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The waning crescent Moon above Venus and Saturn (dimmer and below Venus) in the dawn twilight on January 6, 2016. The Moon re-visits the grouping in early February. Image credit and copyright: Alan Dyer.

And Mercury Makes Five: See All Naked Eye Planets in the Sky at Once

22 Jan , 2016

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A fine sight greets early risers this week into the month of February, as all five naked eye planets: Mercury, Venus, Mars, Saturn and Jupiter ring the sky from horizon to horizon.

Though not a true planetary alignment as extolled by many websites, this is a great chance to see all five classical planets above the horizon at once… or seven, if you count the waning gibbous Moon and the rising Sun, as the ancients did as part of their geocentric, Earth-entered universe. You can kinda see how they got there, as the very heavens themselves seemed to whorl about the cradle of earthly human affairs.

Here’s a scorecard and a planet-by-planet breakdown guide to the February dawn sky:

Jupiter is the most westward of the group, shinning at magnitude -2.3 in the constellation Leo. The Moon passes 1.3 degrees SSW of Jupiter on January 28th, and Jupiter is headed towards opposition for 2016 on March 8th.

Image credit:

The dawn line-up in early February. Image credit: Starry Night Education Software

Moving eastward, the planet Mars shines at magnitude +1.0 in the constellation Libra. The waning crescent Moon passes 2.7 degrees NNE of Mars on the first morning of February. Watch Mars later this spring, as we’re in for a fine opposition of the Red Planet on May 22nd. Oppositions of Mars happen roughly every other year, and the next opposition in 2018 will be nearly as favorable as the historic 2003 appearance of the Red Planet. This also means that 2016 is a launch year for all missions martian, and the European Space Agency’s (ESA) Gas Trace Orbiter launches from Baikonur on March 14th headed Marsward.

Next up is Saturn, shining at magnitude +0.6 in the dreaded ’13th zodiacal constellation’ of Ophiuchus. The waning crescent Moon visits Saturn on the morning after Candlemas and Groundhog’s Day (February 3rd), itself a cross quarter tie-in day lying approximately mid-way between the December solstice and the upcoming March equinox. Saturn represented the edge of the solar system right up until the discovery of Uranus in 1781 by William Herschel. You can be thankful his proposal to name Uranus ‘planet George’ after his benefactor King George the III of England didn’t stick. Saturn reaches opposition for 2016 on June 3rd.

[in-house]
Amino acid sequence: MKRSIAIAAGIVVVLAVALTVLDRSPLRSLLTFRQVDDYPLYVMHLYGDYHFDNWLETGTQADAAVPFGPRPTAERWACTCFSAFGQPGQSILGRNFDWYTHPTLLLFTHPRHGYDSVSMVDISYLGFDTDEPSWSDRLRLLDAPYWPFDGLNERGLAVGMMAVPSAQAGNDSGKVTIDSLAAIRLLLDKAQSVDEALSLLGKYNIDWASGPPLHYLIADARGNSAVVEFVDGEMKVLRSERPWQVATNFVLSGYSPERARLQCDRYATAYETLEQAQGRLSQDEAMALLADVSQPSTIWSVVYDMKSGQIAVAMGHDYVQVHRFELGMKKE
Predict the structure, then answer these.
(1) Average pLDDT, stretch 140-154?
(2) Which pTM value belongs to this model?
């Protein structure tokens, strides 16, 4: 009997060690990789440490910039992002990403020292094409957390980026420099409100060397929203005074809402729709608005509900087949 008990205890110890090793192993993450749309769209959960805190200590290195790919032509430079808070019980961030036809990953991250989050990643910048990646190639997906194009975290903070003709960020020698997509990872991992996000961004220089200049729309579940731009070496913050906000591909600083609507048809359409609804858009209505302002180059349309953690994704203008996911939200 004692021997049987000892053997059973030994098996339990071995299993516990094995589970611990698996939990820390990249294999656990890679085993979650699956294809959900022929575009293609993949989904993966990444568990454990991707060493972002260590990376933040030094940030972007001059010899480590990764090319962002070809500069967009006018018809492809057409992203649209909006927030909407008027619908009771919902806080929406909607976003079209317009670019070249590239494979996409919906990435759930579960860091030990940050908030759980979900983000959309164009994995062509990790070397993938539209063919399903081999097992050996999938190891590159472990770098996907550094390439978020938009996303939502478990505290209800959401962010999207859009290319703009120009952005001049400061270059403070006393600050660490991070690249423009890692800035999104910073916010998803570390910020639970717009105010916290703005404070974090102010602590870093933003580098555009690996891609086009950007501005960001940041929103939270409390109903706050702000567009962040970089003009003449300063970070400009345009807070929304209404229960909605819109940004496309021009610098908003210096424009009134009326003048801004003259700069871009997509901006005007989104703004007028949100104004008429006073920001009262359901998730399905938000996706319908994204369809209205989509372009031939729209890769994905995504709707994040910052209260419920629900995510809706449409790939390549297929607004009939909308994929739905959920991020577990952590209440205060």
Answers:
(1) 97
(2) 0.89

Next is up Venus, the most brilliant of the five planets shining at magnitude -4.0 low in the dawn sky. The Moon pays Venus a visit on February 6th, with both about 30 degrees elongation west of the Sun.

The Moon passes Mercury and Venus on the morning of February 6th. Image credit: Stellarium

The Moon passes Mercury and Venus on the morning of February 6th. Image credit: Stellarium

Completing the picture is bashful -0.1 magnitude Mercury, which reaches greatest elongation 25.5 degrees west of the Sun on the morning of February 7th. This is the first apparition of 6 for Mercury for 2016. The shallow angle of the February dawn ecliptic shoves it down towards the southern horizon for northern hemisphere viewers, giving folks in the Sun-drenched southern hemisphere a better view. A good day to check Mercury off of your life list is February 13th, when Venus approaches four degrees to the west (without a conjunction in right ascension).

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The Solar Heliospheric Observatory caught 4 out of 5 naked eye planets in the field of view of its LASCO C3 camera shortly after the grand conjunction of 2000. Image credit: NASA/ESA/SOHO

This is not a true grouping or planetary alignment in the strict sense, but a good chance to catch all the naked eye planets in a rough line in the ‘forward-looking windshield’ of planet Earth.

The closest span of the planets occurs mid-next week, when the swath from Mercury-to-Jupiter will cover a breadth of 110 degrees across the sky. The closest actual minimum difference in heliocentric longitude looking down (or up?) on the plane of the solar system is 84 degrees in early February, spanning the five planets from the solar vantage point from Saturn to Jupiter.

Image credit: Heavens-Above

The view in early February perpendicular to the plane of the solar system. Image credit: Heavens-Above

How rare are true groupings of all five? Jean Meeus compiled a list of close grand conjunctions from 3101 BC to 2735 BC. Hey, Stick around until September 8th, 2040 and you can witness a grouping of all five planets in the (plus the Moon!) in the dusk sky . Lets see, by then I’ll be…

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The grand dusk planetary alignment of 2040. Image credit: Starry Night Education Software

Set your alarm, and don’t miss this grand planet parade through the dawn sky. Hey, is the elusive ‘Planet Nine‘ photobombing the view as we speak? Now, that’s an amateur astronomer discovery that I’d love to see…

-Intro image credit and copyright: Alan Dyer/Amazing Sky Photography

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mewo
Member
mewo
January 22, 2016 9:17 AM

Uranus gets to magnitude 5.5 or so, making it faint but naked-eye visible.

mewo
Member
mewo
January 22, 2016 9:18 AM

Plus Earth itself makes seven.

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